The truth of the matter is that all aspects of the sales organization can and should be systematized. In fact, following a repeatable selling process (the selling conversations that take place) can improve closing success dramatically. Some say by as much as 15% by doing nothing else.
The sales processes that need systematization include:
- Selling conversation process
- Lead management
- Lead nurturing
- Pipeline management and review
- Action planning and adherence to the plan
- Onboarding of new hires
- Qualifying scorecard for opportunities
- Continuous sales skill development
- Sales coaching
- Conducting sales meetings
There are likely others as well, but you get the idea. Development of any one of these would be a great “quarterly goal” as well.
Most of my presentation was spent on this section but because I write and blog frequently about the people aspect, I will merely hit the highlights here.
Sales Leaders – World class sales leaders spend 80% of their time on motivating, coaching and accountability. We polled the senior leaders at the presentation and most thought that the appropriate amount of time for sales leaders to spend on these three areas was either 30% or 50%.
A simple way to improve team sales effectiveness is to insure sales managers are spending 80% of their time motivating, coaching and holding their people accountable to appropriate activities. But, let’s be clear, most sales managers need help in developing these skills. In particular, they need the following abilities:
- Beliefs support motivation
- Develops strong relationships
- Takes responsibility
- Doesn’t rescue the salespeople (on a joint call)
- Effective at getting commitments
- Consistently coaches and debriefs
- Beliefs support coaching
- Has a sales process
- Handles joint calls appropriately
- Manages behavior
- Manages the pipeline
We have data on 45,000 sales managers from Objective Management Group and the above list are just a few of the traits that support the Motivating, Coaching and Accountability Competencies. I list these traits because fewer than 50% of the sales managers surveyed possess them. If you want to optimize your sales organization then sales managers and leaders need to be developed too.
Salespeople – Salespeople should be selected to fit the roles that are necessary to achieve the goals you set above, using the strategy you laid out to reach those goals. It’s simple, just not necessarily easy.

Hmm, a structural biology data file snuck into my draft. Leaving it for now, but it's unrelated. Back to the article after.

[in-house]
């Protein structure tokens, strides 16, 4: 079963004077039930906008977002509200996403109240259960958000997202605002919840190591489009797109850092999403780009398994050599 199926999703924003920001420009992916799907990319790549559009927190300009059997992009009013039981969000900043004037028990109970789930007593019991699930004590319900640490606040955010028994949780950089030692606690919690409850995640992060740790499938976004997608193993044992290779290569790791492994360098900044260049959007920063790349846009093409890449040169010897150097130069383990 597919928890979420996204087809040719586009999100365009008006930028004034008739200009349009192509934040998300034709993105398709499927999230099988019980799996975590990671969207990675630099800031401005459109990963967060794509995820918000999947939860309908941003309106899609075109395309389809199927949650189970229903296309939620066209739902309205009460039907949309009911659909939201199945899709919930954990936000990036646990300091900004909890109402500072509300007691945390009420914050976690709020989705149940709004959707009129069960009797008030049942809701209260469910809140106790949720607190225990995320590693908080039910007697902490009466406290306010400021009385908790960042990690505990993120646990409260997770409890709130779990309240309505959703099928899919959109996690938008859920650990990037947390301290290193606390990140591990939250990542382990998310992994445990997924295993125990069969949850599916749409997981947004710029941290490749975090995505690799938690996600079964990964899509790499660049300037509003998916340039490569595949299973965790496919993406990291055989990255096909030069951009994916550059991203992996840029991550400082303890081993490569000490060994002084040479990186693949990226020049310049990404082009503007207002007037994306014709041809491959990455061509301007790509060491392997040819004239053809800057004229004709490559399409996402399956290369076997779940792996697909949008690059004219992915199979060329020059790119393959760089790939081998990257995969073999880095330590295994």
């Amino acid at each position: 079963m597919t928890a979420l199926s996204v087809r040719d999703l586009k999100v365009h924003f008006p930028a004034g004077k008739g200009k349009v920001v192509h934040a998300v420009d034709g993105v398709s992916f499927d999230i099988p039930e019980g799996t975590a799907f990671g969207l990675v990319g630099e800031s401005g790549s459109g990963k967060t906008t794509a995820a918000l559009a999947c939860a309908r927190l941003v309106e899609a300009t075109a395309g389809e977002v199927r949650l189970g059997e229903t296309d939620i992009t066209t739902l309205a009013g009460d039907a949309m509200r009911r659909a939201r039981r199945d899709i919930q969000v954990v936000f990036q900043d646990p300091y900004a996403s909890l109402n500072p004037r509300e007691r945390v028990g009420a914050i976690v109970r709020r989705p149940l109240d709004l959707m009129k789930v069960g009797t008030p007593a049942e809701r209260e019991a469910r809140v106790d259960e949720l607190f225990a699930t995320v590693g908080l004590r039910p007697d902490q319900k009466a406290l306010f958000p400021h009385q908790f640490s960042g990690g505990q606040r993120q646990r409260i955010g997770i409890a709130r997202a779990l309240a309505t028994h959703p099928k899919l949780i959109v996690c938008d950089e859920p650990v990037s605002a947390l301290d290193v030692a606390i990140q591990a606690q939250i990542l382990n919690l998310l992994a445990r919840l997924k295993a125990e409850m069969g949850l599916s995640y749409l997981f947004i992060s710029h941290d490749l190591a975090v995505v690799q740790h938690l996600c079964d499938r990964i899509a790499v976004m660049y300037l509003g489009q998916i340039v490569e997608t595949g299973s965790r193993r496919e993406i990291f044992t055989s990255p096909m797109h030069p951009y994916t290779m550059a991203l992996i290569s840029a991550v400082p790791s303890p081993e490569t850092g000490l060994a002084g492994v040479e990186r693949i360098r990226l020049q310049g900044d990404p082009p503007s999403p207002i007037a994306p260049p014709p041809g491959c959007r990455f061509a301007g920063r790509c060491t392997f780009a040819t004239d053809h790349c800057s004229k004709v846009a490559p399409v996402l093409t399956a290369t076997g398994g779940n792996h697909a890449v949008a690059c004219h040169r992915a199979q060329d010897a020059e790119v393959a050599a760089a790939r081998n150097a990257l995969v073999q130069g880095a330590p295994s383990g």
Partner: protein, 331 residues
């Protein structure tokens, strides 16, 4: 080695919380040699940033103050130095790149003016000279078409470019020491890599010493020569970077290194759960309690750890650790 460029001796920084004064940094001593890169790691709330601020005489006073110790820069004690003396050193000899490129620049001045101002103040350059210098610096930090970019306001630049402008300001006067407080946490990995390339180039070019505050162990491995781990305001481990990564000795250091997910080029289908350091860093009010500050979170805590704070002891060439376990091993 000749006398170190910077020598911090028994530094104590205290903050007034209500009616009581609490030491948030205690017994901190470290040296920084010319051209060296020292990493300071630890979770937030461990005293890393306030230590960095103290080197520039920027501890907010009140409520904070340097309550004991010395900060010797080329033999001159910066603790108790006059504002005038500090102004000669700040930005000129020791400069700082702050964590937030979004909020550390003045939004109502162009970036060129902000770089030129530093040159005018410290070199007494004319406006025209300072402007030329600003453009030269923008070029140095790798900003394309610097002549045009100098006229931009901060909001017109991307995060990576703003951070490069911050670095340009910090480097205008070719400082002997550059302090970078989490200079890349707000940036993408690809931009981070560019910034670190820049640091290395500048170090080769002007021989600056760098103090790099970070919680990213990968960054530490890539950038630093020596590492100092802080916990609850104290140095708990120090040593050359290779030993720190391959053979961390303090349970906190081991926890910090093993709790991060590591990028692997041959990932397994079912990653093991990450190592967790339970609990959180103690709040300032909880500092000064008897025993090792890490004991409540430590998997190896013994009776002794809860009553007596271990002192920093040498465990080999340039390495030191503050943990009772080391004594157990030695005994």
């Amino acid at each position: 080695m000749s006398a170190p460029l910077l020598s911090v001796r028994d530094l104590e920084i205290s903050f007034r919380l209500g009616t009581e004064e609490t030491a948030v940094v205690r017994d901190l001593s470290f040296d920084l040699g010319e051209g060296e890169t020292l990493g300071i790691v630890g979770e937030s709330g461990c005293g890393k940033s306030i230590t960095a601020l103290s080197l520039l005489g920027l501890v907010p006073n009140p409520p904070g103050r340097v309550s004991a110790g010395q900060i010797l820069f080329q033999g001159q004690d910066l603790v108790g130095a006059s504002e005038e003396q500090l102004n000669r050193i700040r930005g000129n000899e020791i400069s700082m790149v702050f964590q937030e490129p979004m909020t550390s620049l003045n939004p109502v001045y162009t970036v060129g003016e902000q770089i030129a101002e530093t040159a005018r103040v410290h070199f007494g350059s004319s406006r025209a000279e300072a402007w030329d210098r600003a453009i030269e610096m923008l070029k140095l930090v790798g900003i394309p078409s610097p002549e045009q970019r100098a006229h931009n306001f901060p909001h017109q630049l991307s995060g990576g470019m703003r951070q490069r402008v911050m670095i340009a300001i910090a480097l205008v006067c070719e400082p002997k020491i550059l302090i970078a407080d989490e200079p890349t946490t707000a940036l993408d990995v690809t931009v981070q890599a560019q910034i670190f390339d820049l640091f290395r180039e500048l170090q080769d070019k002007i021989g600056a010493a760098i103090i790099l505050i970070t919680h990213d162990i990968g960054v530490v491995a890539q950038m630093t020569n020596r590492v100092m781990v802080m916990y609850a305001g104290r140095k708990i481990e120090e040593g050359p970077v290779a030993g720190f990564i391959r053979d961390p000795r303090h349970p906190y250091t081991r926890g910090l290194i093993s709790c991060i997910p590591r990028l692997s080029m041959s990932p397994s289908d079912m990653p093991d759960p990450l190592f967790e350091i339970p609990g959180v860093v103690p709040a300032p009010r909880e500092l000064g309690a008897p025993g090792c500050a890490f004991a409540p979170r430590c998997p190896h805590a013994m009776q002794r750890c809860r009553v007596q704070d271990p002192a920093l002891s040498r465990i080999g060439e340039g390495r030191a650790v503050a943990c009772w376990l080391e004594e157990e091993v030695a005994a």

As the landscape changes and as your organization changes, different skill sets will certainly be necessary. If you stay true to the overarching goals, then it makes it a bit easier to identify the traits and competencies your sellers need to accomplish those goals.
If you have had a difficult time identifying what you need in your people, this guide may help. Focus on their traits and competencies rather than on how much you like them, their personality or who they know.
Be as objective as possible when considering your people. Are they, or will they afford you an adequate return on your investment in them? Sometimes we let salespeople languish because they have been around the longest or service the biggest customers.
As you consider your goals and strategy, you must take into consideration your capital investment. Be sure to calculate the opportunity cost associated with having a salesperson who is not well suited for a particular role (either now or in the future). Either get them training on the skills they need to be effective (assuming they can change and adapt) or replace them with someone who has the right skills and competencies.
This may sound harsh, but if you truly want to optimize your sales organization you need people with the right competencies to succeed. If you would like to see how yours compare to other security companies use this tool to compare.
How’s It Going?
I wish you the best as you optimize your sales organization with this four-step approach. As you do, let me know how it’s going at email@example.com.